The disciples are, not surprisingly, confused. They saw Jesus alive after he was crucified, but they didn’t know what to make of it. What did it all mean now? So, after all Jesus taught them, what was the very last question they ask Jesus before he leaves earth? They ask, “Lord is this the time when you will restore the kingdom to Israel? They retreat to the past. Back to square one. “Is this the time that you will you now restore the kingdom to Israel?" Now is the time? Is this what it’s all led up to? After all they have been through with Jesus all those years, they reverted to earthly solutions to spiritual problems. They relapsed to thinking like an ordinary, pious Jew – as if they never heard the gospel. Will you restore the kingdom of Israel now Jesus? Before you go, Jesus, can you kick out the Romans? Can’t you appoint a new earthly King of Israel, restore the kingdom – which hasn’t existed for centuries? They began to gaze into the glories of the past, when Israel would have a kingdom on earth like the Kingdom of David.
This is what happens when we are about the face the unknown future. When the stakes are high. When we have to let go to move on. We withdraw. We find comfort in the certainty of the past. We reminiscence about the triumph of the past when church was full, kids didn’t have soccer or swimming on Sunday, the stores were closed. There were plenty of people to staff the committees, fill the choirs, run the programs, there was not an empty pew to be had. We yearn for those days. We want to reach those heights again.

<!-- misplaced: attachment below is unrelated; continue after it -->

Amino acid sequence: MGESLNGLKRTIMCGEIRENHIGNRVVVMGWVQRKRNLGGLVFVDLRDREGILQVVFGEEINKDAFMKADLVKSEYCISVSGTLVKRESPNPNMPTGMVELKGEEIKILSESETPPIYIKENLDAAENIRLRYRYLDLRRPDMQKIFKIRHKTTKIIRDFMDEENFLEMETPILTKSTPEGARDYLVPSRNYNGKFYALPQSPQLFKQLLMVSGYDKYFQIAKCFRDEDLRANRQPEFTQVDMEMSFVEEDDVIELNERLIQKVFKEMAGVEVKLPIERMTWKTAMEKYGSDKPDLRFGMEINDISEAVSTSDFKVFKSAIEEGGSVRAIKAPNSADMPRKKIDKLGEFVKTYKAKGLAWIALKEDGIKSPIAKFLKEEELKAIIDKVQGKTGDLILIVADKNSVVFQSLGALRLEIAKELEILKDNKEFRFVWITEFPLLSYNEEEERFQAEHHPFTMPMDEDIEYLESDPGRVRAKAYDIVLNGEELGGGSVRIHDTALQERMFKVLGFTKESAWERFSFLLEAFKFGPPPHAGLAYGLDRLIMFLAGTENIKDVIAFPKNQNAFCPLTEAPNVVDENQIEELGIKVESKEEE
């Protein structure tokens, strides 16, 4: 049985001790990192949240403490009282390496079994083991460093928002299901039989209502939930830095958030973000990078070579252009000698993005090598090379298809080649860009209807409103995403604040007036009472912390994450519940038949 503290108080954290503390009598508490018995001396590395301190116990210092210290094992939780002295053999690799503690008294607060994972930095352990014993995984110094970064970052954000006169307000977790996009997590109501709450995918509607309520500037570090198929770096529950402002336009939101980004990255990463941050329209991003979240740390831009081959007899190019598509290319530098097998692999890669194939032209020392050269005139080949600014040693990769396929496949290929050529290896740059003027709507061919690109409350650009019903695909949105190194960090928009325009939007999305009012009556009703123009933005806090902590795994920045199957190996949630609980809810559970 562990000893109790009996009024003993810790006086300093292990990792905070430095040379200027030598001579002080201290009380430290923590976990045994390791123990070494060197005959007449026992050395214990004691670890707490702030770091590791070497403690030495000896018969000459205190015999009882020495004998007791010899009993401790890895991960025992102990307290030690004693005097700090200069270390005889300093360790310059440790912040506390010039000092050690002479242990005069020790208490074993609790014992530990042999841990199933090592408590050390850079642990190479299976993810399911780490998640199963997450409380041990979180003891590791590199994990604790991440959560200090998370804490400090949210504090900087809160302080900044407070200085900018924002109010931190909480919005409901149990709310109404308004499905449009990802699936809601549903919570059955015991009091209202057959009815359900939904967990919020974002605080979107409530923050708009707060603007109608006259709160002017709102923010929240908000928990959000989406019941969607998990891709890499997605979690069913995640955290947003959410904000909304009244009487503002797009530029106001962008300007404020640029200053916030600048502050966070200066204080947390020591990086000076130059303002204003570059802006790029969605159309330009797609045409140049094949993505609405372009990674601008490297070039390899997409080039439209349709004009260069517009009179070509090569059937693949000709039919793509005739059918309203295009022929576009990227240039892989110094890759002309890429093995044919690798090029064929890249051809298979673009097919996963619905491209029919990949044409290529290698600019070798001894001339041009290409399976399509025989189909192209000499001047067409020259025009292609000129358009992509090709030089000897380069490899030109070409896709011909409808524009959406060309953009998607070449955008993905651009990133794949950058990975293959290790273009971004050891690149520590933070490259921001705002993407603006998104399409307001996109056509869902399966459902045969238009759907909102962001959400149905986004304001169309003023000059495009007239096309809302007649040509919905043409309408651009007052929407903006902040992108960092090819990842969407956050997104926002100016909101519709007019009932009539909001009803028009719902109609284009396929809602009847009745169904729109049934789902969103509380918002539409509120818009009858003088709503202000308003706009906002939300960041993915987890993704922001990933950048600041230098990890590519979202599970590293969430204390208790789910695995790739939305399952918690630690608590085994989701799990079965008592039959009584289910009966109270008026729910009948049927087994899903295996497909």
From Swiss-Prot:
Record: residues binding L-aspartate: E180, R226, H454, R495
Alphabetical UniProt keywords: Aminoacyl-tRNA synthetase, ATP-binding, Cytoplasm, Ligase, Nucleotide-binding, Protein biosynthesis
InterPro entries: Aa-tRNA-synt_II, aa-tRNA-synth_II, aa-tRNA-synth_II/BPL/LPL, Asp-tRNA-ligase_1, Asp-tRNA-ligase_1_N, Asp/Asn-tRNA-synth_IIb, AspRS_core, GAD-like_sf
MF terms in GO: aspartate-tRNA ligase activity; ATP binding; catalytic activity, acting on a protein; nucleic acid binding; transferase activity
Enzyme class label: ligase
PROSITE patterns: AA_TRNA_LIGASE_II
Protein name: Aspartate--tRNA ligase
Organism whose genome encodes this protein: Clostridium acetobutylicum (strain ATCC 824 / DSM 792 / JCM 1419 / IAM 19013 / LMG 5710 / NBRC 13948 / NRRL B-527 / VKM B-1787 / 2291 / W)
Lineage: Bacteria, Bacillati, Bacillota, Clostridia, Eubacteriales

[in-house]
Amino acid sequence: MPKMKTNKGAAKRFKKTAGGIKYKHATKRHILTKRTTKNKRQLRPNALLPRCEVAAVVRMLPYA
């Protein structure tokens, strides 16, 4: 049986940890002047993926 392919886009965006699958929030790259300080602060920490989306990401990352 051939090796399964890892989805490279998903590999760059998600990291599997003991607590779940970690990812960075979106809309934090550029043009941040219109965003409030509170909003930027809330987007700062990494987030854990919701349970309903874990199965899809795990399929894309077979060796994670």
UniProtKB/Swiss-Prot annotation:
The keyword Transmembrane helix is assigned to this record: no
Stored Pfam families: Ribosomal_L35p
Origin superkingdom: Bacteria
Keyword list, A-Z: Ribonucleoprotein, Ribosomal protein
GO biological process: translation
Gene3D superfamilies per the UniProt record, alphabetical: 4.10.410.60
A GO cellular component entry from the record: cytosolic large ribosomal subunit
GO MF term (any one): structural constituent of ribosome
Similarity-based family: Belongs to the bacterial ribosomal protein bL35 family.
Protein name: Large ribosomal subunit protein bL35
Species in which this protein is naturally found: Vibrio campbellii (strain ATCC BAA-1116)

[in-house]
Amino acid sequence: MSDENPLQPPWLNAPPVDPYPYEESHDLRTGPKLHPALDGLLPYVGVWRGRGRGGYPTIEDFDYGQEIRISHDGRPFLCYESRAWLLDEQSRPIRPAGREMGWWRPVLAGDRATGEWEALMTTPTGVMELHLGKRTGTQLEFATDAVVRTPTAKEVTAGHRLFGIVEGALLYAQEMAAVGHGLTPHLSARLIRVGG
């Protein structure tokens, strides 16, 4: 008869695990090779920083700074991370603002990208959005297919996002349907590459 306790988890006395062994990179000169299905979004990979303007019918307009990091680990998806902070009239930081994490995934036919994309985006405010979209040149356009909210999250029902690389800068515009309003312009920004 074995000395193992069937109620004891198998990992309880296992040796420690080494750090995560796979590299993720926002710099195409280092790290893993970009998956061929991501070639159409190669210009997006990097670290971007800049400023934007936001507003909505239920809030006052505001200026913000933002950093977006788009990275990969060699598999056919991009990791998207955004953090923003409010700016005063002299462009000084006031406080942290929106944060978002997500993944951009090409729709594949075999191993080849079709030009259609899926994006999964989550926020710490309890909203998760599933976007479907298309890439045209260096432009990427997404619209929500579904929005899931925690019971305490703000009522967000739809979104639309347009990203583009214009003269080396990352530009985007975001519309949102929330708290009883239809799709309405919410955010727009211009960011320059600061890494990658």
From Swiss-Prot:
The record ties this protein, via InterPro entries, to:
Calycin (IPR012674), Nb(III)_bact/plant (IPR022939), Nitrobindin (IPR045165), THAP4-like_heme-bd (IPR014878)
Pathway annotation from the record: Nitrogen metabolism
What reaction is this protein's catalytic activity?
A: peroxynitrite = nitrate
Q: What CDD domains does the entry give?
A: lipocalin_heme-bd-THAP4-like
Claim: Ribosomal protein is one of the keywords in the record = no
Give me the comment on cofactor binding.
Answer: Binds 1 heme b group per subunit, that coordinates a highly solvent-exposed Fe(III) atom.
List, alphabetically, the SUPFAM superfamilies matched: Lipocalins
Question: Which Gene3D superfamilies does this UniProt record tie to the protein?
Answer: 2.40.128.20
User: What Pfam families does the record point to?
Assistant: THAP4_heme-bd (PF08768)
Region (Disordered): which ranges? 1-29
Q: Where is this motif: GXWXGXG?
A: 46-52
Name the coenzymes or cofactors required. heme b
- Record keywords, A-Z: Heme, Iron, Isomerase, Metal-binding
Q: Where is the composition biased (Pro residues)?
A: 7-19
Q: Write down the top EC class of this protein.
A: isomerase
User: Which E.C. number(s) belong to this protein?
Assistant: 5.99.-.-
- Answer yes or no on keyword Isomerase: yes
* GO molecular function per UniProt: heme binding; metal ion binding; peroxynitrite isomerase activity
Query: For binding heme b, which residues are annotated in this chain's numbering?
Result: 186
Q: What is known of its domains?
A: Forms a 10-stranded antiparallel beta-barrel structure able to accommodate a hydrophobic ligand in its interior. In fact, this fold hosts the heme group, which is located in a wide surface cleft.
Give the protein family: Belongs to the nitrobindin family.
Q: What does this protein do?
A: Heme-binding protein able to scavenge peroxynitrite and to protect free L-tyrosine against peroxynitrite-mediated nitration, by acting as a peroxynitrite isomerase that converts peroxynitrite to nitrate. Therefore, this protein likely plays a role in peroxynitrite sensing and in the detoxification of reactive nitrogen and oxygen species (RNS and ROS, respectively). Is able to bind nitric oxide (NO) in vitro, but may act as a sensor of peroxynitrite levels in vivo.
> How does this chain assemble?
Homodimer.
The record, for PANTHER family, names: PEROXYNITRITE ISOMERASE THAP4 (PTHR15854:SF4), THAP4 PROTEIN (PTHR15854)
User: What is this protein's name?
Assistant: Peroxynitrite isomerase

So, Ascension Day reminds us that as we are to prepare to move to the next stage of development we often revert to old, safe ways. It’s the two steps forward one steps back phenomenon. Like the people of Israel who couldn’t let go of the past as they trudged through the wilderness, we are tempted to see our future through the lens of the past. Jesus says, no. See the future through the lens of the Ascension. To making peace with the past, letting go, and reaching for the new spiritual heights Jesus has in store for us. Yes, it is now time.
An arrow can only be shot forward by pulling it back. So, if life is dragging us down with worries, it means we’re doing to be launched into something great – so keep focus and keep aiming. So, it is natural to be pulled back, like the disciples, to the past. It means we are being prepared to be launched. As long as we let go, and let God carry us forward.